Perversely, the Khmer Rouge were diligent and thorough record keepers. There are rooms and rooms filled with boards of countless black and white photos of their victims.
The faces that look back are haunting – scared, confused and in some cases defiant. For most, it will be the last photograph ever taken of them. Surprisingly, there are even one or two Westerners in the records; a handsome, bouffant-haired Australian gazes back from his photograph, accompanied by a typed (and rather suspect) “confession”. These photos are chilling in themselves; the photos of half-dead torture victims even more so.
Some rooms were divided into cells, presumably to accommodate the increasing number of people being arrested by the paranoid Khmer Rouge. The cells – crudely thrown together from cement and breeze blocks – are barely wide enough for me to stand in them sideways but were home to prisoners awaiting their fate.
Revulsion at the brutal genocide that took place in Cambodia is a natural and obvious reaction. Anger at Pol Pot and his cronies is clear in the defaced photographs around the museum.
The West, however, were surprisingly slow to catch on. Right up until the late 1990s, the Khmer Rouge were given UN recognition and a seat on the UN counsel, and the British government – in perhaps their most slow-clap worthy action of all time – even provided aid funding. Aid funding!! Even today, justice feels frustratingly thin on the ground. Pol Pot died an old man in his late 70s, in his bed, with his wife at his side. To date, only three people have been tried and imprisoned for the Khmer Rouge’s crimes. Three people. For over a million deaths.
I debated whether to write this blog post. Choeung Ek and Tuol Sleng have been covered far more articulately and sensitively than I could ever manage by many other travel blogs, and my initial thoughts were that the last thing Cambodia needs is my navel gazing travel blog dredging up a painful and still-raw past. A conversation at the Choeung Ek pagoda with a Khmer man changed my mind.
“How does this make you feel?”, he asked quietly as we stood side by side, quietly surveying the rows of smashed in skulls
“Heartsick” I murmured, unable to articulate my feelings any better “how could people do this?”
He nodded, understanding. “I’m glad people come” he replied “people should know. They must know.”
Choeung Ek and Tuol Sleng aren’t the easiest places to visit. The day we spent there felt like a day spent staring into the darkest corners of human nature. And yet, at the same time I was overcome by the dignity and courageous thoughtfulness that had gone into preserving these places, and the small gestures of humanity such as the pagoda and the prayer bracelets that lined the mass graves. There is much to learn about Cambodia’s long and interesting history – it is so much more than the Khmer Rouge – but to ignore this dark period would, I think, be doing the country (and the victims) a disservice.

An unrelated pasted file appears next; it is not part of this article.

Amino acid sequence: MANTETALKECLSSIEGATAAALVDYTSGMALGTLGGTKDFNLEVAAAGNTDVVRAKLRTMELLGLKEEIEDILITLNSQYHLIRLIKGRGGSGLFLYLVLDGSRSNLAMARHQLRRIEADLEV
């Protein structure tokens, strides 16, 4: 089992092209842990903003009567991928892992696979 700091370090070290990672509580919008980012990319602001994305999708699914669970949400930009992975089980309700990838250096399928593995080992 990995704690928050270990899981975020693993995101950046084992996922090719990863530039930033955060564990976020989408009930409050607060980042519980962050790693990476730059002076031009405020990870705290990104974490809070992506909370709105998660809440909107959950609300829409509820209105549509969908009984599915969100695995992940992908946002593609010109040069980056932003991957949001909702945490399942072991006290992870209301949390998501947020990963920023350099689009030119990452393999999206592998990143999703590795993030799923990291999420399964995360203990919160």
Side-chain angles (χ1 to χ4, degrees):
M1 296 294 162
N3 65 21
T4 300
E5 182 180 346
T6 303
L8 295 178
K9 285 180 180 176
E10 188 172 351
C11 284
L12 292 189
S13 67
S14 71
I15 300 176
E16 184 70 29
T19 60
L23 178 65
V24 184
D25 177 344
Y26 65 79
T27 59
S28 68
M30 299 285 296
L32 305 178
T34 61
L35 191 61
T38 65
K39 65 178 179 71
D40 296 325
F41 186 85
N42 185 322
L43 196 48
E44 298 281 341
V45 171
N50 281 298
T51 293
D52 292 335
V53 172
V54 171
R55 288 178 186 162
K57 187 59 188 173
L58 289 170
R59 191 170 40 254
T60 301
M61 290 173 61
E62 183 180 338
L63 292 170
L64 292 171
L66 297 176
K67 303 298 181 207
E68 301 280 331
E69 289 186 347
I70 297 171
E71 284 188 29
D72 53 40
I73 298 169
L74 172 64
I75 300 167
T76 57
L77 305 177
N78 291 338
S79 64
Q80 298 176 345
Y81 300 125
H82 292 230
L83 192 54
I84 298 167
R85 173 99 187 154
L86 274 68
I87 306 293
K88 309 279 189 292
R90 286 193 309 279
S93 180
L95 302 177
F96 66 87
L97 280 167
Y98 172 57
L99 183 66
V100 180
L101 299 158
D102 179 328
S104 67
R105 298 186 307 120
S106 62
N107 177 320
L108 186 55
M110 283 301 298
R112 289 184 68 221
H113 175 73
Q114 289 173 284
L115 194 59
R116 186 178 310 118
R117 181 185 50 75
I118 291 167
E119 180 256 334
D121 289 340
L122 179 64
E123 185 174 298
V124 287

It would be easy to write the Khmer Rouge off as a dark mark on the pages of history, and to consign these sites to the past on the basis that we have nothing to learn from evil regimes of the past. Genocides are not the stuff of today.
Except that they are.
In North Korea (not to mention other countries cheerfully destroying their own people) a secretive, murderous regime continues to imprison, starve and repress its citizens. And what does the world do? Very little. Oh, except make a mediocre Hollywood comedy.
Must try harder, humanity.
If you want to visit Choeung Ek and Tuol Sleng
Firstly, I really do recommend that you do. Despite my rather grim write up, it is a thought provoking, educational place which also helped me to understand Cambodia today a little better, and I’m very glad we went.
- Arranging a visit to the site is easy – most Phnom Penh tuk tuk drivers know the route and will happily take you to both as part of a day trip. We paid $15 for our driver, who waited for us at both sites and then dropped us back at our hotel. I think the going rate is about $11-15, so no need to pay more than we did.
- The journey out to Choeung Ek is a half hour tuk tuk ride along an often dusty and bouncy road. If you can, wear a pollution mask or a scarf around your face in dry season
- Although the sites aren’t religious, they are obviously solemn places of remembrance and reflection. Dress appropriately – shoulders should be covered and shorts or a skirt to at least knee length
- The entrance fee (in January 2015) to Choeung Ek was $6 each, which included the audio tour. Entrance to Tuol Sleng was $3.25 each; we were short changed on our entrance fee here (accidentally I’m sure) so it would be wise to carry the exact change, or as close as you can.
- Plan the timing of your visit within your Phnom Penh stay, and do make sure you visit other attractions to get a more rounded sense of Cambodia – it is much more than Khmer Rouge and atrocities. We went to the National Museum of Cambodia the day after, which allowed us to learn about other aspects of Cambodian history and was a good “antidote” to the rather heavy subject matter of the day before.